It is estimated that 3.2 million people across the U.S. participated in the Women’s March on Washington, pushing women’s rights, LGBT rights, immigrant rights and civil rights, among other things, to the forefront of public attention. But can the activism of women in over 300 U.S. towns and cities be translated into a sustainable movement?
Social Justice Attorney Sandra Fluke said that we should forget about the 1992 Year of the Woman where a record number of women were elected into Senate. “Let’s make this the Decade of the Woman,” she said at the “Watch Us Run” conference held by The Huffington Post and Bustle, in partnership with Bold on Inauguration Day.
The non-partisan event, held to increase women’s involvement in public service, was a great “beginning” conversation, Fluke said, after participating in a panel “How To Build Grassroots Momentum.” The panel was centered around the need for more diverse representation in U.S. politics. “We desperately need more women elected into office, more LGBT folks, more folks of color,” she said.
A women’s-rights advocate and Democrat, Fluke first came to public attention in 2012 after she spoke about the importance of requiring insurance plans to cover birth control. Fluke has been what she calls “publicly vetted,” when she was called a “slut” and “prostitute” by conservative radio host Rush Limbaugh over her fight for insurance-covered birth control.
When she decided to run for Senate in California in 2014, she knew she could survive the “attacks,” but Fluke thinks a lot of women are concerned about the public scrutiny involved in running for office. Instead of dwelling on the number of reasons that would hold women back from running for public office, Fluke encourages them to think of the incredible potential difference they could do for their community, family and their friends and neighbors.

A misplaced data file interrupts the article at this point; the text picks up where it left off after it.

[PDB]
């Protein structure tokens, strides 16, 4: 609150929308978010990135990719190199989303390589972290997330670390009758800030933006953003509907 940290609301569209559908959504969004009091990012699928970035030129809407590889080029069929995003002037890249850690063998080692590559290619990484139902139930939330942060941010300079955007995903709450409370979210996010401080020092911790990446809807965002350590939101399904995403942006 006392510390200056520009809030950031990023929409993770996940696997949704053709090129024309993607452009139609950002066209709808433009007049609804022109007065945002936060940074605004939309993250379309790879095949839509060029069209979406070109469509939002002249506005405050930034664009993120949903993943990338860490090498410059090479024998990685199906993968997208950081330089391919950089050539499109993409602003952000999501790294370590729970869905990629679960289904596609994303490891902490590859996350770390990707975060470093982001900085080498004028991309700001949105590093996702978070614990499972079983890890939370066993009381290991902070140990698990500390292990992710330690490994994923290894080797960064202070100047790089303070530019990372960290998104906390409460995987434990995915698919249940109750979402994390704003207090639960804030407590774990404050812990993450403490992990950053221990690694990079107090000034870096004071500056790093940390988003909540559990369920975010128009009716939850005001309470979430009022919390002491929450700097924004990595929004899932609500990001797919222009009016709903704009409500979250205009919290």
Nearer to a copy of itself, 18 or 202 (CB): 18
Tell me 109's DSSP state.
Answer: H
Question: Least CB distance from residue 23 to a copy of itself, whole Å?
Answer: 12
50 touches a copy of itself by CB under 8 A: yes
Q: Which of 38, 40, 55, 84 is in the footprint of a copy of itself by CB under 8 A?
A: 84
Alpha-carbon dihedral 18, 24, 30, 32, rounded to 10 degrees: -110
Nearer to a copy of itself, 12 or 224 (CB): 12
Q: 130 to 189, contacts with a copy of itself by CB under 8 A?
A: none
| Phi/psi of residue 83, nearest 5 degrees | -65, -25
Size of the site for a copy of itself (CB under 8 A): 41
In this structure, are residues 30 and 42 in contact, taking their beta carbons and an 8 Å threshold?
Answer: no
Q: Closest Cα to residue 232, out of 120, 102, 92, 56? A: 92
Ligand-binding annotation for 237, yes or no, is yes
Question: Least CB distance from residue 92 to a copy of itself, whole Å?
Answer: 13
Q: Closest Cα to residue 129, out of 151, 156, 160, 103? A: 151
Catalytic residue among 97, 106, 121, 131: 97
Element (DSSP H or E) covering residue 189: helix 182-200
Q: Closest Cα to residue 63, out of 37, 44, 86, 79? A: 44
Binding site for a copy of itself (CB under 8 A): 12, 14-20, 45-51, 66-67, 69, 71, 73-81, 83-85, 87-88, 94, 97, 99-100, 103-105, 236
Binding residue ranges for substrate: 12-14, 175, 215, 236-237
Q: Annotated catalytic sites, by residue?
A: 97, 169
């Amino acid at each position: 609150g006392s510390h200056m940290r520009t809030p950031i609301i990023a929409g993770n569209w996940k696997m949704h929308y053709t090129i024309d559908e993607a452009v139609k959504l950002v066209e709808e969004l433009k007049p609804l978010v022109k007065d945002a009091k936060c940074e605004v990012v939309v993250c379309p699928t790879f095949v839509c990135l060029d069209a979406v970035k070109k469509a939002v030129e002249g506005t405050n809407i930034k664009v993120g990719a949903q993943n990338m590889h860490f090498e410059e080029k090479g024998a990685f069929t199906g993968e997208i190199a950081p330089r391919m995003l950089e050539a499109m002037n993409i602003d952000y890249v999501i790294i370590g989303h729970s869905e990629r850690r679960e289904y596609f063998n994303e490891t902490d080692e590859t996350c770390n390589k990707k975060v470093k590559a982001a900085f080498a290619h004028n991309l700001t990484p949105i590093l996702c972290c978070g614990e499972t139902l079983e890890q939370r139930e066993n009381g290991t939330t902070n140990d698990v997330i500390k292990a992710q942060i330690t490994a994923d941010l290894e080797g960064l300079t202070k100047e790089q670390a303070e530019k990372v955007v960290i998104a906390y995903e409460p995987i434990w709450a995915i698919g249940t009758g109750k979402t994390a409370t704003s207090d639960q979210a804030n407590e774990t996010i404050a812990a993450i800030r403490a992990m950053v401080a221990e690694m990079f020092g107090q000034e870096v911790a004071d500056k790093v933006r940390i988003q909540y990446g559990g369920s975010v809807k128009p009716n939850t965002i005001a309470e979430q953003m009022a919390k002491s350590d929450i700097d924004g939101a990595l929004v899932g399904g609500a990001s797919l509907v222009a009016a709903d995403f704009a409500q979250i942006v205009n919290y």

For many, the need for female participation in our political establishment transcends party lines. Drafting women for public service is something that’s important to liberals and conservatives alike.
“Women are their own toughest critic,” panelist Marilinda Garcia said. “Just do it. Then you’ll realize that you are capable and maybe find you’re in a position that you should have been in years ago.”
Garcia strives to lead women by example into equal representation in public office in the U.S. The former state legislator in New Hampshire (who ran for a congressional seat as a Republican) said that for women looking into serving, a big part of getting elected is getting over your own inhibitions and fears of being unqualified.
Fluke is rejuvenated by the number of women coming forward after the Nov. 8 election who want to run for office. And following the Women’s March on Washington, several Democratic groups are using that energy and channeling it into recruitment.
“When I see campaigns or organizations that are active in the community, there are women just pouring [out] their hearts and souls and accomplishing so much,” Fluke said. “They can totally handle running for office.”
Channeling the energy of an activist movement into permanent change is not an easy task. Both Fluke and Garcia encourage those interested in running for a public office to get the preparation they need to plan together so they can run and win, and begin to address the gender gap in politics.